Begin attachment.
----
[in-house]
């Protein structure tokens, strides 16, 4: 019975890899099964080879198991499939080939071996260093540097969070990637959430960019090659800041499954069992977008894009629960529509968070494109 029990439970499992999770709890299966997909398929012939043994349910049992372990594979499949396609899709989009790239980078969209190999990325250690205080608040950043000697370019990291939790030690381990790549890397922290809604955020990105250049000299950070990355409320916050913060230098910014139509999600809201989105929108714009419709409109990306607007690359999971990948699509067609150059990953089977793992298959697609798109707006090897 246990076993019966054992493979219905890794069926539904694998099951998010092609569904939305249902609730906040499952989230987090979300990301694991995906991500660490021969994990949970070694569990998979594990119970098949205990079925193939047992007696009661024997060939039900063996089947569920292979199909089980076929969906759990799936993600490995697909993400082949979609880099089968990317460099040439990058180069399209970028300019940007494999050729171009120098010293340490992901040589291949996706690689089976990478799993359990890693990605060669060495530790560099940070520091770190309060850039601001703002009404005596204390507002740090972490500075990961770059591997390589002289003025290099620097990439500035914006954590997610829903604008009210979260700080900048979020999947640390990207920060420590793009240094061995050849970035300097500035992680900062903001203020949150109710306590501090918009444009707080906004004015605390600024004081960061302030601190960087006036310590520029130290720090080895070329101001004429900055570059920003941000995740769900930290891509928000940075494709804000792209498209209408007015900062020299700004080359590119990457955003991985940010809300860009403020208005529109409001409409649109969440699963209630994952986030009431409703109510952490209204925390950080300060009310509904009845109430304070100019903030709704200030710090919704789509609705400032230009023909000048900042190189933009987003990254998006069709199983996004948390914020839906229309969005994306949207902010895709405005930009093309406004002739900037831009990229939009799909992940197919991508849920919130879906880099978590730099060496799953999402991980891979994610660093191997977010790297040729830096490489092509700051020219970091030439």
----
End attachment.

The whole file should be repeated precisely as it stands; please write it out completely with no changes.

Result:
[in-house]
């Protein structure tokens, strides 16, 4: 019975890899099964080879198991499939080939071996260093540097969070990637959430960019090659800041499954069992977008894009629960529509968070494109 029990439970499992999770709890299966997909398929012939043994349910049992372990594979499949396609899709989009790239980078969209190999990325250690205080608040950043000697370019990291939790030690381990790549890397922290809604955020990105250049000299950070990355409320916050913060230098910014139509999600809201989105929108714009419709409109990306607007690359999971990948699509067609150059990953089977793992298959697609798109707006090897 246990076993019966054992493979219905890794069926539904694998099951998010092609569904939305249902609730906040499952989230987090979300990301694991995906991500660490021969994990949970070694569990998979594990119970098949205990079925193939047992007696009661024997060939039900063996089947569920292979199909089980076929969906759990799936993600490995697909993400082949979609880099089968990317460099040439990058180069399209970028300019940007494999050729171009120098010293340490992901040589291949996706690689089976990478799993359990890693990605060669060495530790560099940070520091770190309060850039601001703002009404005596204390507002740090972490500075990961770059591997390589002289003025290099620097990439500035914006954590997610829903604008009210979260700080900048979020999947640390990207920060420590793009240094061995050849970035300097500035992680900062903001203020949150109710306590501090918009444009707080906004004015605390600024004081960061302030601190960087006036310590520029130290720090080895070329101001004429900055570059920003941000995740769900930290891509928000940075494709804000792209498209209408007015900062020299700004080359590119990457955003991985940010809300860009403020208005529109409001409409649109969440699963209630994952986030009431409703109510952490209204925390950080300060009310509904009845109430304070100019903030709704200030710090919704789509609705400032230009023909000048900042190189933009987003990254998006069709199983996004948390914020839906229309969005994306949207902010895709405005930009093309406004002739900037831009990229939009799909992940197919991508849920919130879906880099978590730099060496799953999402991980891979994610660093191997977010790297040729830096490489092509700051020219970091030439």